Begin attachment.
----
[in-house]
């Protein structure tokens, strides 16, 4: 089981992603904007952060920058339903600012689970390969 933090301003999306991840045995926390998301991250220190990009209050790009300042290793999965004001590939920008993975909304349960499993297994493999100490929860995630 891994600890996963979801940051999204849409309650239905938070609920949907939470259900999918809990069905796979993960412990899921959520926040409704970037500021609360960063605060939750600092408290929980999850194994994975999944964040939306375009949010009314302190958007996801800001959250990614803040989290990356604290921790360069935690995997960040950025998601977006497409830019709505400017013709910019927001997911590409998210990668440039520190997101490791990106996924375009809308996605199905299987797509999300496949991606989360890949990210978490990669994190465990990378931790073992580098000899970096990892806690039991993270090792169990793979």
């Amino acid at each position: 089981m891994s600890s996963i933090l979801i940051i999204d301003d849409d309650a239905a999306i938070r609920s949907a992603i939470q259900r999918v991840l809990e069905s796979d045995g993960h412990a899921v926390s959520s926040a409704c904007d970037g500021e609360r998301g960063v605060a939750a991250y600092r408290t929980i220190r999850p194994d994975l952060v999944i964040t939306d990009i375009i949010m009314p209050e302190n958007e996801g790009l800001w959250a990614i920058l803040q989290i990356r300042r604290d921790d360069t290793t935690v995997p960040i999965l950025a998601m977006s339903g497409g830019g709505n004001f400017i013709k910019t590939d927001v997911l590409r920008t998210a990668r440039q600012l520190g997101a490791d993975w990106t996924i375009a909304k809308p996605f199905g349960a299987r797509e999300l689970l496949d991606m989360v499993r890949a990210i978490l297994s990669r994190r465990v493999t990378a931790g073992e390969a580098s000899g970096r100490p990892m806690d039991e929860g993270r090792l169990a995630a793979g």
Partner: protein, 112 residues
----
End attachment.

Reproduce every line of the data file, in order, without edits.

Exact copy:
[in-house]
């Protein structure tokens, strides 16, 4: 089981992603904007952060920058339903600012689970390969 933090301003999306991840045995926390998301991250220190990009209050790009300042290793999965004001590939920008993975909304349960499993297994493999100490929860995630 891994600890996963979801940051999204849409309650239905938070609920949907939470259900999918809990069905796979993960412990899921959520926040409704970037500021609360960063605060939750600092408290929980999850194994994975999944964040939306375009949010009314302190958007996801800001959250990614803040989290990356604290921790360069935690995997960040950025998601977006497409830019709505400017013709910019927001997911590409998210990668440039520190997101490791990106996924375009809308996605199905299987797509999300496949991606989360890949990210978490990669994190465990990378931790073992580098000899970096990892806690039991993270090792169990793979």
């Amino acid at each position: 089981m891994s600890s996963i933090l979801i940051i999204d301003d849409d309650a239905a999306i938070r609920s949907a992603i939470q259900r999918v991840l809990e069905s796979d045995g993960h412990a899921v926390s959520s926040a409704c904007d970037g500021e609360r998301g960063v605060a939750a991250y600092r408290t929980i220190r999850p194994d994975l952060v999944i964040t939306d990009i375009i949010m009314p209050e302190n958007e996801g790009l800001w959250a990614i920058l803040q989290i990356r300042r604290d921790d360069t290793t935690v995997p960040i999965l950025a998601m977006s339903g497409g830019g709505n004001f400017i013709k910019t590939d927001v997911l590409r920008t998210a990668r440039q600012l520190g997101a490791d993975w990106t996924i375009a909304k809308p996605f199905g349960a299987r797509e999300l689970l496949d991606m989360v499993r890949a990210i978490l297994s990669r994190r465990v493999t990378a931790g073992e390969a580098s000899g970096r100490p990892m806690d039991e929860g993270r090792l169990a995630a793979g």
Partner: protein, 112 residues